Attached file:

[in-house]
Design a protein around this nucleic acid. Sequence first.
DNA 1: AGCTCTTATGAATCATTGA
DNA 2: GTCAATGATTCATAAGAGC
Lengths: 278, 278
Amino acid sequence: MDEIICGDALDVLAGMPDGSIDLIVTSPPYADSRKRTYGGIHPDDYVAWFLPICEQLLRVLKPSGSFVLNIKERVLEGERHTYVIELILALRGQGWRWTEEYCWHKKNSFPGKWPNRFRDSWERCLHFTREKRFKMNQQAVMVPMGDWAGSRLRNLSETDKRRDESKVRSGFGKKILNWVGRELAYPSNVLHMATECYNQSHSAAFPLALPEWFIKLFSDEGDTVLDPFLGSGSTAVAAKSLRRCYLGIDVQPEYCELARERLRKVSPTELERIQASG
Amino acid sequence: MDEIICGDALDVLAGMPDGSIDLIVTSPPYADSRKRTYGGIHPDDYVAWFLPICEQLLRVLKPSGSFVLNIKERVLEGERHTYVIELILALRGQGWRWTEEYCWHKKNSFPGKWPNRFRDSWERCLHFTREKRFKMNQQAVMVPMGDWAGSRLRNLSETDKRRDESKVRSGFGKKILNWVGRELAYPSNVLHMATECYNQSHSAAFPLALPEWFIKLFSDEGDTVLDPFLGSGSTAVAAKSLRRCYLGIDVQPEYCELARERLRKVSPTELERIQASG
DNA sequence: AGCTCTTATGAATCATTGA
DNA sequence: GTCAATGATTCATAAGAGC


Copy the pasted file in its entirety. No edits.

[in-house]
Design a protein around this nucleic acid. Sequence first.
DNA 1: AGCTCTTATGAATCATTGA
DNA 2: GTCAATGATTCATAAGAGC
Lengths: 278, 278
Amino acid sequence: MDEIICGDALDVLAGMPDGSIDLIVTSPPYADSRKRTYGGIHPDDYVAWFLPICEQLLRVLKPSGSFVLNIKERVLEGERHTYVIELILALRGQGWRWTEEYCWHKKNSFPGKWPNRFRDSWERCLHFTREKRFKMNQQAVMVPMGDWAGSRLRNLSETDKRRDESKVRSGFGKKILNWVGRELAYPSNVLHMATECYNQSHSAAFPLALPEWFIKLFSDEGDTVLDPFLGSGSTAVAAKSLRRCYLGIDVQPEYCELARERLRKVSPTELERIQASG
Amino acid sequence: MDEIICGDALDVLAGMPDGSIDLIVTSPPYADSRKRTYGGIHPDDYVAWFLPICEQLLRVLKPSGSFVLNIKERVLEGERHTYVIELILALRGQGWRWTEEYCWHKKNSFPGKWPNRFRDSWERCLHFTREKRFKMNQQAVMVPMGDWAGSRLRNLSETDKRRDESKVRSGFGKKILNWVGRELAYPSNVLHMATECYNQSHSAAFPLALPEWFIKLFSDEGDTVLDPFLGSGSTAVAAKSLRRCYLGIDVQPEYCELARERLRKVSPTELERIQASG
DNA sequence: AGCTCTTATGAATCATTGA
DNA sequence: GTCAATGATTCATAAGAGC